Silence in Psychotherapy

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Silence in Psychotherapy
Author: Hazuki Saishō
Specifications: ISBN  978-4104598038
329 pages
13.7 x 19.7 cm / 5.5 x 7.9 in (WxH)
Category: Nonfiction
Publisher: Shinchosha Publishing Co., Ltd.
Tokyo, 2014
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Hazuki Saishō, an author who with broad experience writing on science and technology, focuses in this work on the human psyche. Her objective is to examine developments in psychiatric medicine and clinical psychology in Japan following World War II by reporting on some of the people who were directly involved in that history. To that end, she examines two authorities in particular and the groundbreaking therapies they promoted in Japan.

One is Hayao Kawai (1928?2007), known for his contribution to sandplay therapy. Kawai was the first Japanese person to study at the Jung Institut Zuerich and gain certification as a Jungian analyst. He contributed greatly to the advancement of analytical psychology in Japan, and later served as director-general of the Agency for Cultural Affairs. The other is the psychiatrist Hisao Nakai (1934?), who originated the “landscape montage technique” of art therapy. Nakai is known for the active role he played in the emotional and psychological care of the victims of the Great Hanshin (Kōbe) Earthquake in 1995.

It bears special mention that Saishō’s approach is not merely that of a reporter looking in on the field from outside; she also offers herself up as a test subject for purposes of participant observation. While enrolled in a highly rigorous master’s degree program in clinical psychology, she elects to undergo therapy with Nakai as his client, and turns the tables as well, taking the therapist’s role with Nakai as her client. The book includes a record of these sessions.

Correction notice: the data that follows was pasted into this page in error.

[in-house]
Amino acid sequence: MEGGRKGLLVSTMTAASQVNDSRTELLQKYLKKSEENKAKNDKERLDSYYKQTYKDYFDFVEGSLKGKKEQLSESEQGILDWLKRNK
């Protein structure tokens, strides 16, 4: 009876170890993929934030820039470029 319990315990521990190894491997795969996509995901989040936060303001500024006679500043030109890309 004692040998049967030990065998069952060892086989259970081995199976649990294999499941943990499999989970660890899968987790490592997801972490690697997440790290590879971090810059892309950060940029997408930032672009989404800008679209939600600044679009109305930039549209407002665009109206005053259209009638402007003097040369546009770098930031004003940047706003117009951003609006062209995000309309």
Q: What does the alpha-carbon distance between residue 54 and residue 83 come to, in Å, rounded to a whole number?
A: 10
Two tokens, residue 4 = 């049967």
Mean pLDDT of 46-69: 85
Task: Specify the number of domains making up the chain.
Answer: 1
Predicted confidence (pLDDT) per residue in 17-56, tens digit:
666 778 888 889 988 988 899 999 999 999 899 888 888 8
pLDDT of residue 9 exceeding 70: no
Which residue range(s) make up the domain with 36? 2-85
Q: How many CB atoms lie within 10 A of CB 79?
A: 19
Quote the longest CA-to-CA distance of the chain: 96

As therapists, both Kawai and Nakai used silent observation as a key element of their practice. Until a client begins speaking, creating a sandtray, or drawing, the therapist simply waits. And once the client has begun to speak or act, the therapist continues to listen and observe quietly. Through both her reporting and her first-hand experience as a participant in such therapy, Saishō reflects on her experience and finds much to affirm in this approach.

A psychologist trained by Kawai had advised Saishō, “If you really want to know more about this field, you’ll need to learn more about yourself.” Indeed, as the author is less interested in what makes people sick than in what enables them to recover, her proactive response to this assertion leaves the reader with a real sense of catharsis upon finishing the book.